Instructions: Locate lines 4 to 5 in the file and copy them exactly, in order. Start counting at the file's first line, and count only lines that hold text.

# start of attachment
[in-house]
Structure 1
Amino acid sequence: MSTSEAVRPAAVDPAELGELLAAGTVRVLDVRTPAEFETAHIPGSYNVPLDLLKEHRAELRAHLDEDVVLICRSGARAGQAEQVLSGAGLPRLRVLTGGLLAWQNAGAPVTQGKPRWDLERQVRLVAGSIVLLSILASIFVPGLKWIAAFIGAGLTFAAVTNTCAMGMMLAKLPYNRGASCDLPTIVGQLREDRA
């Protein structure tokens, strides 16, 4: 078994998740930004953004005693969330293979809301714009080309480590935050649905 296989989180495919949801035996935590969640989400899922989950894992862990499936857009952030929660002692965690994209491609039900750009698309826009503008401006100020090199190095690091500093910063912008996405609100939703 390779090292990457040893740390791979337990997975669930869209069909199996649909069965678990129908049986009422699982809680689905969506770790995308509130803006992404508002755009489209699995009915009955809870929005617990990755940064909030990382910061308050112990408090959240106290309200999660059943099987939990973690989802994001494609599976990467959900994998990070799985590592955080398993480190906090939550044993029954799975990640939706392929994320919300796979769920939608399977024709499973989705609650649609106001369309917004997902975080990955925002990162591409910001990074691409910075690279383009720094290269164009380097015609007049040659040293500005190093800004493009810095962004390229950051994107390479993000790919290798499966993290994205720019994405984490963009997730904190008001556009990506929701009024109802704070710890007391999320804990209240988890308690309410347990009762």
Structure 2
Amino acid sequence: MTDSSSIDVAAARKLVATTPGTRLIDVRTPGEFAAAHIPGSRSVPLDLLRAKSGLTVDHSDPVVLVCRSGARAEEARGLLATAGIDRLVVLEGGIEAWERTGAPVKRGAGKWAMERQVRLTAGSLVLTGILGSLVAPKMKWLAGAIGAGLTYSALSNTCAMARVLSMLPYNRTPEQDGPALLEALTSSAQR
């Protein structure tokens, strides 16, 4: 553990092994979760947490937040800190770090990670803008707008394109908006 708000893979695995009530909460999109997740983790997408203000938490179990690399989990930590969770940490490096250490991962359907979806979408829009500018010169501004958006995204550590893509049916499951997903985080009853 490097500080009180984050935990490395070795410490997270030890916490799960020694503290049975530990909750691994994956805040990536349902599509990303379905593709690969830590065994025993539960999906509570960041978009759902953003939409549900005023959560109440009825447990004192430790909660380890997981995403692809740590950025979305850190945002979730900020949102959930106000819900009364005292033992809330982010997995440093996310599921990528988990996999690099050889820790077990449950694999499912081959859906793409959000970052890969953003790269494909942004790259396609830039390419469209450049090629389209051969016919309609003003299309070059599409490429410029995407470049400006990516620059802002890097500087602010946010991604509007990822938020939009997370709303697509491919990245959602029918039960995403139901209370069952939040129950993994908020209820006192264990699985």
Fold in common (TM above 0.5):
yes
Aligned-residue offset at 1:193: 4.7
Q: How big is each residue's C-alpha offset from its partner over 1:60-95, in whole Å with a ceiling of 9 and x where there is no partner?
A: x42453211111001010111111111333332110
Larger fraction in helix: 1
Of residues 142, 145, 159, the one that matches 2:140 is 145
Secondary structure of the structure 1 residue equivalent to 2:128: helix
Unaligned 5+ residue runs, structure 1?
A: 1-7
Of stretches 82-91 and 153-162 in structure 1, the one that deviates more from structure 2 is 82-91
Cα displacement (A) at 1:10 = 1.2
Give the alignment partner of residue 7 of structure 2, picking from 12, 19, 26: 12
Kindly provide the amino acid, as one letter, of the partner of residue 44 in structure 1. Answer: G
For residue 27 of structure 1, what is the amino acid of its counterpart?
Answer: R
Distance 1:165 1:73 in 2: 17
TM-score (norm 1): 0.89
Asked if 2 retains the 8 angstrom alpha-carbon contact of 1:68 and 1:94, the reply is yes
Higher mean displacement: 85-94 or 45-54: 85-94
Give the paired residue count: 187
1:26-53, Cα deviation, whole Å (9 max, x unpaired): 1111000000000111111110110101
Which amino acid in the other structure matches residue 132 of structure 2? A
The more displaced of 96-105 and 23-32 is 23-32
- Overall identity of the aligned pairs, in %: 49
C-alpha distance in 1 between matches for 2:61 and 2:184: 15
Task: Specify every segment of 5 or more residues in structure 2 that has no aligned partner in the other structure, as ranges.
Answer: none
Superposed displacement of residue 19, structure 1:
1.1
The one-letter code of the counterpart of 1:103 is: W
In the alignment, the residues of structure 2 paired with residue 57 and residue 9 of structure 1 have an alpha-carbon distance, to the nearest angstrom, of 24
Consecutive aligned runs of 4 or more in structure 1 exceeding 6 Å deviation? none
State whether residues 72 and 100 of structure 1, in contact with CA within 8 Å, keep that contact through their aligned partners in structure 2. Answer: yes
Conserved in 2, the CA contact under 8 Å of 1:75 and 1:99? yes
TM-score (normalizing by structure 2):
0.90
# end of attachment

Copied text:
């Protein structure tokens, strides 16, 4: 078994998740930004953004005693969330293979809301714009080309480590935050649905 296989989180495919949801035996935590969640989400899922989950894992862990499936857009952030929660002692965690994209491609039900750009698309826009503008401006100020090199190095690091500093910063912008996405609100939703 390779090292990457040893740390791979337990997975669930869209069909199996649909069965678990129908049986009422699982809680689905969506770790995308509130803006992404508002755009489209699995009915009955809870929005617990990755940064909030990382910061308050112990408090959240106290309200999660059943099987939990973690989802994001494609599976990467959900994998990070799985590592955080398993480190906090939550044993029954799975990640939706392929994320919300796979769920939608399977024709499973989705609650649609106001369309917004997902975080990955925002990162591409910001990074691409910075690279383009720094290269164009380097015609007049040659040293500005190093800004493009810095962004390229950051994107390479993000790919290798499966993290994205720019994405984490963009997730904190008001556009990506929701009024109802704070710890007391999320804990209240988890308690309410347990009762």
Structure 2